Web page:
U.S. job growth moderated in November, with non-farm payrolls coming in at about 155,000 for the month – down from the 190,000 that analysts had predicted – according to the Bureau of Labor Statistics.
Unemployment remained unchanged for a third straight month at 3.7%.
The biggest job gains were in health care, manufacturing and transportation/warehousing.
Average hourly earnings increased 0.2% in November compared with October and were up 3.1% compared with November 2017.
The average hourly wage for all private non-farm payrolls increased by six cents to $27.35.
The total number of unemployed was little changed at 6.0 million.
“The headline in today’s jobs report came in on the soft side, as weakening hiring and a net downward revision in the prior two months sent the three-month average payroll gain to the weakest pace in a year,” says Doug Duncan, chief economist at Fannie Mae, in a statement. “Annual wage growth held steady at 3.1%, keeping the visible upward trend that started about a year ago intact.
“The trend was consistent with the income component of the Fannie Mae Home Purchase Sentiment Index (HPSI), which showed the net share of consumers reporting higher household income over the past year jumped to a survey high in November,” Duncan adds. “However, news from the jobs report was far from rosy for the real estate sector, as construction hiring posted the worst showing since March. Overall, we believe the report supports our expectation that the Fed will hike the federal funds rate in December, and then twice next year before pausing to assess economic conditions.”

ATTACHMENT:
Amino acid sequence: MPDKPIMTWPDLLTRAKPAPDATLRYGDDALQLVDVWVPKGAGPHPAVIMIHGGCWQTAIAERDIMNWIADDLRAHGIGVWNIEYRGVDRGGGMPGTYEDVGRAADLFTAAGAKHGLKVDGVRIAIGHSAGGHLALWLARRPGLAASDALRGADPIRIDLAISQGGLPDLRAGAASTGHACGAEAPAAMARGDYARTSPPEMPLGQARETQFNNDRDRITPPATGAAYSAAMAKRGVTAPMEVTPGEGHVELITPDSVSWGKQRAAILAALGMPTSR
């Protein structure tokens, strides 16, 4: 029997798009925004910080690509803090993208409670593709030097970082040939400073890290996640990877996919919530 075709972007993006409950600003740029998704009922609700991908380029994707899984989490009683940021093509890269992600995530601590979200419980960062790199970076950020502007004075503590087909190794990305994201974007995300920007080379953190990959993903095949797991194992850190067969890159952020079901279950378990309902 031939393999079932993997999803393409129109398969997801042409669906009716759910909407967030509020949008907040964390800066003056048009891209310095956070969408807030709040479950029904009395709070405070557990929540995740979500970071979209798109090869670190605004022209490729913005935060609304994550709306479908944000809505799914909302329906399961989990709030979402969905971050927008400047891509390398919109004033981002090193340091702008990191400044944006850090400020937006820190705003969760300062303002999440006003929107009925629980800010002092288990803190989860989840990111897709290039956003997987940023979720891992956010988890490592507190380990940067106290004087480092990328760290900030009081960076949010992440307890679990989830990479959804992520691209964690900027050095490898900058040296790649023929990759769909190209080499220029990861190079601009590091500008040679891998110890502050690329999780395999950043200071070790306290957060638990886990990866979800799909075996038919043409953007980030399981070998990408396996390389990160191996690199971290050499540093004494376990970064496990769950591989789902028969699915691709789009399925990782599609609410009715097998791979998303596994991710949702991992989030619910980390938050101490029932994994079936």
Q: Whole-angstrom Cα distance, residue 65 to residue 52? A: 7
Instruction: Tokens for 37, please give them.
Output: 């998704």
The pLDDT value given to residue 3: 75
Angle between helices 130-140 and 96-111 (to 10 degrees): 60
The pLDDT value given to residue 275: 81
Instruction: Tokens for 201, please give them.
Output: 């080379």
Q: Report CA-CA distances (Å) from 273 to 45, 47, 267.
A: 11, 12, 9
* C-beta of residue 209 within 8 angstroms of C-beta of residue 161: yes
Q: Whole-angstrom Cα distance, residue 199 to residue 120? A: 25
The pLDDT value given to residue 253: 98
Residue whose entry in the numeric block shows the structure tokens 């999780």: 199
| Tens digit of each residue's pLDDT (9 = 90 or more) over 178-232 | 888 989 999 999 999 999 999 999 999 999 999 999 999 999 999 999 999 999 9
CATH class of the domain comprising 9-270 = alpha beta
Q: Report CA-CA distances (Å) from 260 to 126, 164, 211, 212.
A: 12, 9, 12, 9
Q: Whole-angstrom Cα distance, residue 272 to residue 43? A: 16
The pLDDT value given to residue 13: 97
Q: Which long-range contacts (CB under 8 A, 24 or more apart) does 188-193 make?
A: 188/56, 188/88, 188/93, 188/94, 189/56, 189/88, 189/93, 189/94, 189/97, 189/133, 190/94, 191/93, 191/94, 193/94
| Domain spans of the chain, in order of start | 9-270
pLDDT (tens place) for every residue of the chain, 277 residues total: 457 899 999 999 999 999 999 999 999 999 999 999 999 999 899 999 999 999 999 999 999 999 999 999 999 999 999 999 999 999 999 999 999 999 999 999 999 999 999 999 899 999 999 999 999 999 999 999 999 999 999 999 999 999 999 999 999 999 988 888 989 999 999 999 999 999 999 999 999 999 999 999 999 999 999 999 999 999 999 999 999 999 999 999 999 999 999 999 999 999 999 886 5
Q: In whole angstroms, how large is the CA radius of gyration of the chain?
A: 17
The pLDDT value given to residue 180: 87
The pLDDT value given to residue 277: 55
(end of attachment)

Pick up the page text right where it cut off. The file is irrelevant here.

Mark Fleming, chief economist for First American says although some were speculating that recent volatility in financial markets would result in the Fed moderating the pace of its rate increases, “continued strong wage growth is one data point in favor of further rate increases in 2019.”
In this slow housing market, however, further rate increases may not necessarily result in higher mortgage rates.
“While the monthly average for the 30-year, fixed-rate mortgage increased from 4.83 percent in October to 4.87 percent in November, an early December decline in long-term Treasury bond yields will likely cause mortgage rates to decline in December – a likely early Christmas present for consumer’s house-buying power,” Fleming says.
The increase in wage growth is perhaps one silver lining in a struggling housing market where supply is constrained and prices are at all-time highs.
“The more consumers earn the more home they can afford to buy,” Fleming says. “Based on the reported wage growth this month, estimated household income growth increased 3.1 percent compared with a year ago.”
“While rising mortgage rates reduce consumer house-buying power, rising household income increases house-buying power,” he adds.
Fleming says that in November, consumer house-buying power declined a modest $500 compared with October but declined $30,000, or 8.0%, compared with November 2017.
“If household income had not increased compared with a year ago, rising mortgage rates, which jumped from 3.9 to 4.9 percent over the last year, would have reduced consumer house-buying power by $42,000,” he says. “Rising household income mitigated the impact of higher cost mortgages by $12,000.”